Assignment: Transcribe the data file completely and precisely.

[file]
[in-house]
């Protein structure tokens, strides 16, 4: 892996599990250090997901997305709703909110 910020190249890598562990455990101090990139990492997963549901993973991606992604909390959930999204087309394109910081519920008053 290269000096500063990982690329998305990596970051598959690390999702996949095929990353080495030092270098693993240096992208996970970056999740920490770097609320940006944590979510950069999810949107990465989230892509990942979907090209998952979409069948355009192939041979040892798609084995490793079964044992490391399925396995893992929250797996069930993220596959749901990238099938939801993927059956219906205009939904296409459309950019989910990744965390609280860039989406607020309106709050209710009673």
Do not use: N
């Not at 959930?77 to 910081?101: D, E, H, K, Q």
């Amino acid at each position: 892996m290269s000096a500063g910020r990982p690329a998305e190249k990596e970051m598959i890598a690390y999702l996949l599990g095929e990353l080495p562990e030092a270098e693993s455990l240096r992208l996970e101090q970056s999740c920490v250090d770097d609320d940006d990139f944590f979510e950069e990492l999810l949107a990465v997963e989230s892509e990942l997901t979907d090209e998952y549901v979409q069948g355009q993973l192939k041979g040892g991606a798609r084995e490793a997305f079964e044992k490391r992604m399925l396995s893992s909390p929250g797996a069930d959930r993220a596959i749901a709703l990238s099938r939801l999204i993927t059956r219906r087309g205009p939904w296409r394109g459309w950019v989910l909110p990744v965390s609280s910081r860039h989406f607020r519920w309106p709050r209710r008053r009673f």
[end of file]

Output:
[in-house]
């Protein structure tokens, strides 16, 4: 892996599990250090997901997305709703909110 910020190249890598562990455990101090990139990492997963549901993973991606992604909390959930999204087309394109910081519920008053 290269000096500063990982690329998305990596970051598959690390999702996949095929990353080495030092270098693993240096992208996970970056999740920490770097609320940006944590979510950069999810949107990465989230892509990942979907090209998952979409069948355009192939041979040892798609084995490793079964044992490391399925396995893992929250797996069930993220596959749901990238099938939801993927059956219906205009939904296409459309950019989910990744965390609280860039989406607020309106709050209710009673």
Do not use: N
């Not at 959930?77 to 910081?101: D, E, H, K, Q």
């Amino acid at each position: 892996m290269s000096a500063g910020r990982p690329a998305e190249k990596e970051m598959i890598a690390y999702l996949l599990g095929e990353l080495p562990e030092a270098e693993s455990l240096r992208l996970e101090q970056s999740c920490v250090d770097d609320d940006d990139f944590f979510e950069e990492l999810l949107a990465v997963e989230s892509e990942l997901t979907d090209e998952y549901v979409q069948g355009q993973l192939k041979g040892g991606a798609r084995e490793a997305f079964e044992k490391r992604m399925l396995s893992s909390p929250g797996a069930d959930r993220a596959i749901a709703l990238s099938r939801l999204i993927t059956r219906r087309g205009p939904w296409r394109g459309w950019v989910l909110p990744v965390s609280s910081r860039h989406f607020r519920w309106p709050r209710r008053r009673f």